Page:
Drake
Guest

No indication that wikileaks had anything to do with the Russians much less Trump team. Podesta’s password was ‘password’. A 4-year-old could have hacked his accounts.

Dutch
Guest

It’s hard to tell the truth without a scorecard, but the Trump side of things, as can be construed through the statements made by the WSJ, Wikileaks, and others, is that the surveillance was on matters not related to Russia, and that Wikileaks got the goods from a disgruntled Sanders supporter on the staff of the DNC. Perhaps the DNC guy shot in the back of the head in a 4 a.m. street robbery attempt that resulted in no theft of anything.

Chuckie Larnuss
Guest
“Perhaps the DNC guy shot in the back of the head in a 4 a.m. street robbery attempt that resulted in no theft of anything.” 27-year-old DNC staffer Seth Rich, murdered July 10, 2016, after DNC emails were leaked to Wikileaks and prior to the release of said leaked emails in October: “In a statement sent to The Washington Times through WikiLeaks’ Twitter account, the organization said it would not confirm or deny whether Rich had ever been a source for WikiLeaks. ‘We treat threats toward any suspected source of WikiLeaks with extreme gravity. This should not be taken to… Read more »
Lulu
Guest
It seemed to me that Trump shot the door open with his tweet, having seen (on Inauguration Day morning) the NYT’s lead article saying that: “Intercepted Russian Communications Part of Inquiry Into Trump Associates” https://www.nytimes.com/2017/01/19/us/politics/trump-russia-associates-investigation.html?_r=0 Trump had not been in the WH yet. Most of his and his “associates’ “ business was being conducted at Trump Tower. So he came out with his blockbuster tweet expressing outrage about the Dems “wiretapping” him at Trump Tower. The NYT and the Dems were hoist on their own petards. Where to go with their story now that he was calling them on how… Read more »
Doug
Guest
Bannon is on a mission. That guy is forearmed and politically very dangerous in a way not seen before by the likes of those in the swamp. Wager dollars to donuts he has dirt on everyone. Ever notice some media mouthpiece will get to running their mouth about Bannon in the usual signaling and white racist Alt-Right meme or some bullshit past history, then all of a sudden nothing. His best friend Andrew Breitbart was murdered in cold blood because he had the goods on Podesta and the rest of the spirit cooking gang. Bannon knows things, lots of things.… Read more »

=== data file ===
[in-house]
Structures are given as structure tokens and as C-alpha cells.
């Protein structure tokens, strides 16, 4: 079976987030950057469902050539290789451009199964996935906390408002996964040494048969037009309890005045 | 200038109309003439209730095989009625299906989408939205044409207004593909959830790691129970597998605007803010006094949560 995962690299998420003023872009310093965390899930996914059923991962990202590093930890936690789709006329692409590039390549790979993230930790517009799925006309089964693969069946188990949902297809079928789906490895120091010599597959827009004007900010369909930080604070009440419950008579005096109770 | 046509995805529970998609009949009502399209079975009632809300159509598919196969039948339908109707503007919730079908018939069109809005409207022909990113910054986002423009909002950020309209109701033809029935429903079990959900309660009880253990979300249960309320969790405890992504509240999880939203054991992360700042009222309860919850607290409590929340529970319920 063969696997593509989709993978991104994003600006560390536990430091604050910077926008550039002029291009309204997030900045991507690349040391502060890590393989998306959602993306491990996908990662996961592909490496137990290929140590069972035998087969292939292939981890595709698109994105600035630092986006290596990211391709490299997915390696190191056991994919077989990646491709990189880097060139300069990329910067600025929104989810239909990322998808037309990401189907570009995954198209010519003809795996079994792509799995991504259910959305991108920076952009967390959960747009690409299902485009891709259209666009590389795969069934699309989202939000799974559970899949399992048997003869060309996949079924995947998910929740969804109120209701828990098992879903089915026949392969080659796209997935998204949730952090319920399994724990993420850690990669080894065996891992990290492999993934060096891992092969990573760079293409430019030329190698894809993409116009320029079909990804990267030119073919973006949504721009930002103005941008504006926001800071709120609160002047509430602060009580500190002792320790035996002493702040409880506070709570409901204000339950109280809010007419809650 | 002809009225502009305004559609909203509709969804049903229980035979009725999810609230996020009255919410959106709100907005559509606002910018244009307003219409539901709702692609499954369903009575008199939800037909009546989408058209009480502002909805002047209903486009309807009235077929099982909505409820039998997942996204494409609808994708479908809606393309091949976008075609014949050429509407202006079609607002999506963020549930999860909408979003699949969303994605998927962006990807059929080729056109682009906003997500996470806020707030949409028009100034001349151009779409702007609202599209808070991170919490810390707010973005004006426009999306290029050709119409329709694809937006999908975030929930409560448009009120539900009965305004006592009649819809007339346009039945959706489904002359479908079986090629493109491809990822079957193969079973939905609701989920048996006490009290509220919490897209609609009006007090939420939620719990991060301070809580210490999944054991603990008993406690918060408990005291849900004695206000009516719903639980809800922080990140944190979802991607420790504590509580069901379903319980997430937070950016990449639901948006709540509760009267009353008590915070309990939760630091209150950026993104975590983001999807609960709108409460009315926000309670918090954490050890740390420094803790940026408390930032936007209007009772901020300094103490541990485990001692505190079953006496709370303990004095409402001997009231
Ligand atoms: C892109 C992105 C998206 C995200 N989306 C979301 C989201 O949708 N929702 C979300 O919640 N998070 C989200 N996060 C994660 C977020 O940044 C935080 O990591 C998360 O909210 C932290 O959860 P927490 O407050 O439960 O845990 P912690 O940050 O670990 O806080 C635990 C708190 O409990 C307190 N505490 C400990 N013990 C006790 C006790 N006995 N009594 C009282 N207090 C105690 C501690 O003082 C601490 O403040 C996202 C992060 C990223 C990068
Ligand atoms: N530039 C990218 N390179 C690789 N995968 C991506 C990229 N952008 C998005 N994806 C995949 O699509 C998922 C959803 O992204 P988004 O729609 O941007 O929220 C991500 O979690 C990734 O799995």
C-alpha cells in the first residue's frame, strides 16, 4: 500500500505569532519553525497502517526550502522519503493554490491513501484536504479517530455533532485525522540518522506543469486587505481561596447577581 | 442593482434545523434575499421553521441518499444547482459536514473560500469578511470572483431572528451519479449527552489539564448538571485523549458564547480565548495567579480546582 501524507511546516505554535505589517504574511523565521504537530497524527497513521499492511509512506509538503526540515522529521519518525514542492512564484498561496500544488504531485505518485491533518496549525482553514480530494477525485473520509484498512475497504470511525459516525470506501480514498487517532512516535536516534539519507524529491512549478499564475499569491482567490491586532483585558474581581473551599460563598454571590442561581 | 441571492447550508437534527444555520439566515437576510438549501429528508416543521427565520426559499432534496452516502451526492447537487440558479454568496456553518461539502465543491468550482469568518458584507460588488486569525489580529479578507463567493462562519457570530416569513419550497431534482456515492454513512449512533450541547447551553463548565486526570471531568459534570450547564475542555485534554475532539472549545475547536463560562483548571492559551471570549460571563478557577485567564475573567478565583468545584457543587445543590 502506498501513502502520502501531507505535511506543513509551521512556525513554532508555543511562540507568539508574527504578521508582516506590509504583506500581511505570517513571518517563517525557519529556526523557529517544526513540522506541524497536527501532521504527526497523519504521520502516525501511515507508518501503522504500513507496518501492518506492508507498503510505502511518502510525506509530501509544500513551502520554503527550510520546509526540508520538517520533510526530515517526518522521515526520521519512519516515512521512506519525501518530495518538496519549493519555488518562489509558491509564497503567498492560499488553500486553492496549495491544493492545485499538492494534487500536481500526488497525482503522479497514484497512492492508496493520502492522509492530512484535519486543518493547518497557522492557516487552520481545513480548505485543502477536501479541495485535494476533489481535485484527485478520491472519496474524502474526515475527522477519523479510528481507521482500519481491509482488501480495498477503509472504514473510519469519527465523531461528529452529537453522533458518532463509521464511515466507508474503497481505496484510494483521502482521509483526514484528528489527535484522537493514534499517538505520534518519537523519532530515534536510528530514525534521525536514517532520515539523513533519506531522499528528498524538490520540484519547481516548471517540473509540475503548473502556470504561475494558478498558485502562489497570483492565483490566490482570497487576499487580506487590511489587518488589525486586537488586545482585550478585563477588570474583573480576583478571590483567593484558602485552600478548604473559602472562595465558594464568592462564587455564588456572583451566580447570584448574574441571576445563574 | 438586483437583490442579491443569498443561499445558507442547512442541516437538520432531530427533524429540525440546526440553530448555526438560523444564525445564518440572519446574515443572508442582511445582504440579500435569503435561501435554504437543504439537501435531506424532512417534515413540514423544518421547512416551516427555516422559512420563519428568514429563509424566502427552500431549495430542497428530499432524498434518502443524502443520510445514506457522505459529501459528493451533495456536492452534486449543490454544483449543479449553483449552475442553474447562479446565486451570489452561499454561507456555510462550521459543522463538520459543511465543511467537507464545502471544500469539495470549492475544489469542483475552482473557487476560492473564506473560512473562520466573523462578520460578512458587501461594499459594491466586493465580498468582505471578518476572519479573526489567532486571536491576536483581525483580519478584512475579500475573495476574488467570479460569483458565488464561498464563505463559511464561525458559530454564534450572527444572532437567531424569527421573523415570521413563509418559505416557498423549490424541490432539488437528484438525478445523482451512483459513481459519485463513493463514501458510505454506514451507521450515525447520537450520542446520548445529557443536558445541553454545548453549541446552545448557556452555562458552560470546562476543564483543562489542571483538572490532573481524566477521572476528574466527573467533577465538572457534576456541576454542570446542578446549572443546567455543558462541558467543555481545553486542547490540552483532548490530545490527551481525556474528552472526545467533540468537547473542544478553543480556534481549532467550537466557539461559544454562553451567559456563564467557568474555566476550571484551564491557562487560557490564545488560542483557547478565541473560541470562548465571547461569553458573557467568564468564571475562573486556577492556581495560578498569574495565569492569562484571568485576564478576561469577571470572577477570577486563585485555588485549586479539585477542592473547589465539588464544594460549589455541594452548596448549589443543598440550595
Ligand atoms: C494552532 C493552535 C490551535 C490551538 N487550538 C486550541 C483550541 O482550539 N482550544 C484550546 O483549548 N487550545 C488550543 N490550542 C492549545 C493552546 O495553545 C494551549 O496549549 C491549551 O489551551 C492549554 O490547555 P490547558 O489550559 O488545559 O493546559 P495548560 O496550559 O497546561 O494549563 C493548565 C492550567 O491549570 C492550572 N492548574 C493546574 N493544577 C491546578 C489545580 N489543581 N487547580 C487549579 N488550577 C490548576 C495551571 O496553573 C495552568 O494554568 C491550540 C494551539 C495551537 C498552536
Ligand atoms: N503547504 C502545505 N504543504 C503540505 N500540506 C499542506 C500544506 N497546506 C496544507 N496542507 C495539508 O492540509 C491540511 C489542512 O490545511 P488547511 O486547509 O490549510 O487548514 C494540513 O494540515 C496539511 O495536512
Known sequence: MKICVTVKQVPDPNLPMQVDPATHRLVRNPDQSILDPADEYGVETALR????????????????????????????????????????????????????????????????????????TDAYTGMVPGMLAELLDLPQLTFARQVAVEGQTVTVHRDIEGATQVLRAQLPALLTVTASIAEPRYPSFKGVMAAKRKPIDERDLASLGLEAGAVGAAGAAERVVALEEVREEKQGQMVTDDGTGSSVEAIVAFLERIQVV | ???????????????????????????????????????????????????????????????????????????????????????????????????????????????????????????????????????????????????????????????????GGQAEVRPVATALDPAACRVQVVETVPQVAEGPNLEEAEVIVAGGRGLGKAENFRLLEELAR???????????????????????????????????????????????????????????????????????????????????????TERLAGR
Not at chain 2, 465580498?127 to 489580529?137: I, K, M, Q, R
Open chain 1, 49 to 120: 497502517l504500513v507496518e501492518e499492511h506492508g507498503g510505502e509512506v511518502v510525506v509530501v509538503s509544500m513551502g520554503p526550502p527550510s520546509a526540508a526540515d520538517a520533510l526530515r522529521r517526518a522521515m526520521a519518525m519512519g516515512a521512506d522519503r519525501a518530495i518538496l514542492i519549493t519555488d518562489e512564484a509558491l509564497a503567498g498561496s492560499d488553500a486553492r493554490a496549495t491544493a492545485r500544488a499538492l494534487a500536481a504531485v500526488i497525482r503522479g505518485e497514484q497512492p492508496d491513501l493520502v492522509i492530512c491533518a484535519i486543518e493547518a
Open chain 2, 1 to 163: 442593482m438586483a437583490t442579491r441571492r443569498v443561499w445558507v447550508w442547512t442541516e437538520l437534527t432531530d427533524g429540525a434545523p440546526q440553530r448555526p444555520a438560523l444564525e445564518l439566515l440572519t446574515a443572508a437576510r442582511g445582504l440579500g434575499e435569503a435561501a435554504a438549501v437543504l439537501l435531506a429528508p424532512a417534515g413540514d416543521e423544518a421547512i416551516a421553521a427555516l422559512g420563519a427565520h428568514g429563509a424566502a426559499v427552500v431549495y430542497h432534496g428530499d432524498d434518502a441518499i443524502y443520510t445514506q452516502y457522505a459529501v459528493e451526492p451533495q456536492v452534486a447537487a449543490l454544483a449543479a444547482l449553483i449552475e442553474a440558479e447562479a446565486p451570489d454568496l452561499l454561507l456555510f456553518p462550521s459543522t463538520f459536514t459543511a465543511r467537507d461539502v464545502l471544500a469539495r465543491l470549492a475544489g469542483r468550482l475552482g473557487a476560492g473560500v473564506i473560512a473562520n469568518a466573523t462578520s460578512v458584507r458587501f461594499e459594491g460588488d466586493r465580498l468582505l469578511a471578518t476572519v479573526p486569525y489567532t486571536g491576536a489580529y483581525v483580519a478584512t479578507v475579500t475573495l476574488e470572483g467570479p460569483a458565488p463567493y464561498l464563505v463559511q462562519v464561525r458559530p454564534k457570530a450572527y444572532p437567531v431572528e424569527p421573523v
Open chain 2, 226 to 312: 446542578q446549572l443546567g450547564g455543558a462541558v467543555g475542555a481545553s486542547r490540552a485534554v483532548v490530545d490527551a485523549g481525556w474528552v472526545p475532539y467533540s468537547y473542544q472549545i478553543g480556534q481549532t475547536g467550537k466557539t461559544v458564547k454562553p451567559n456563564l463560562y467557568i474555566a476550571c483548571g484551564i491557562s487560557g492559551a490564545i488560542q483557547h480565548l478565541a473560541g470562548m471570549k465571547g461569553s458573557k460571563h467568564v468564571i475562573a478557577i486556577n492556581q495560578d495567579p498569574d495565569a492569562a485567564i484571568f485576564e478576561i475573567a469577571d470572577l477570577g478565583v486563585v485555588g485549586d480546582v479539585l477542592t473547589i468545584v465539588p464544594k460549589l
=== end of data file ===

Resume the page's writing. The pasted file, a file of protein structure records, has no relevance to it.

Lulu
Guest

I thought Bannon was probably the one who got word to Cernovich. (sp?)

Trump plays the media like a violin and Bannon is a media pro.

Al from da Nort
Guest

Lulu;
Excellent target selection, that’s for sure: Pick the one with the very least IQ and public credibility. Live by affirmative action, die by affirmative action.

Member
Trump holds all the cards. Only a colossally stupid ruling class like the Bourbons could fail to see this. The managerial class’ logic seems to be: “I dealt blackjack for a real long time. I can now come back to the table as a player and still get the house odds.” They also seem to think that the house detective and pit boss still work for them and are on their side. No. All they have is a bunch of shills and accomplices sitting (the media, the foundations, and the rapidly being purged stay behinds*) at the table with them.… Read more »
Member

I’d like to be around when Z is deciding what to write about and what angle or lens he’s going to use to look at the topic of choice.
Is it like Fred Sanford going to the drawer he keeps his glasses in, picking out a few pairs and deciding to look at a topic with this or that lens?
Or something like it in his head.
Whatever it is, it works. Glad I can be around to watch.

Member

Long ago I read a thing in the old National Lampoon regarding the reasons capitalism is more fun than communism. It was put forth that communists worry about rights and wrongs that are so big that you can never do anything about them, while capitalists worry about regular-folk rights and wrongs. The example given was “Is it right for my wife to be running around with god-knows-who while I’m at work? Would it be wrong to give her a pop in the yap?”

Great humor contains great wisdom.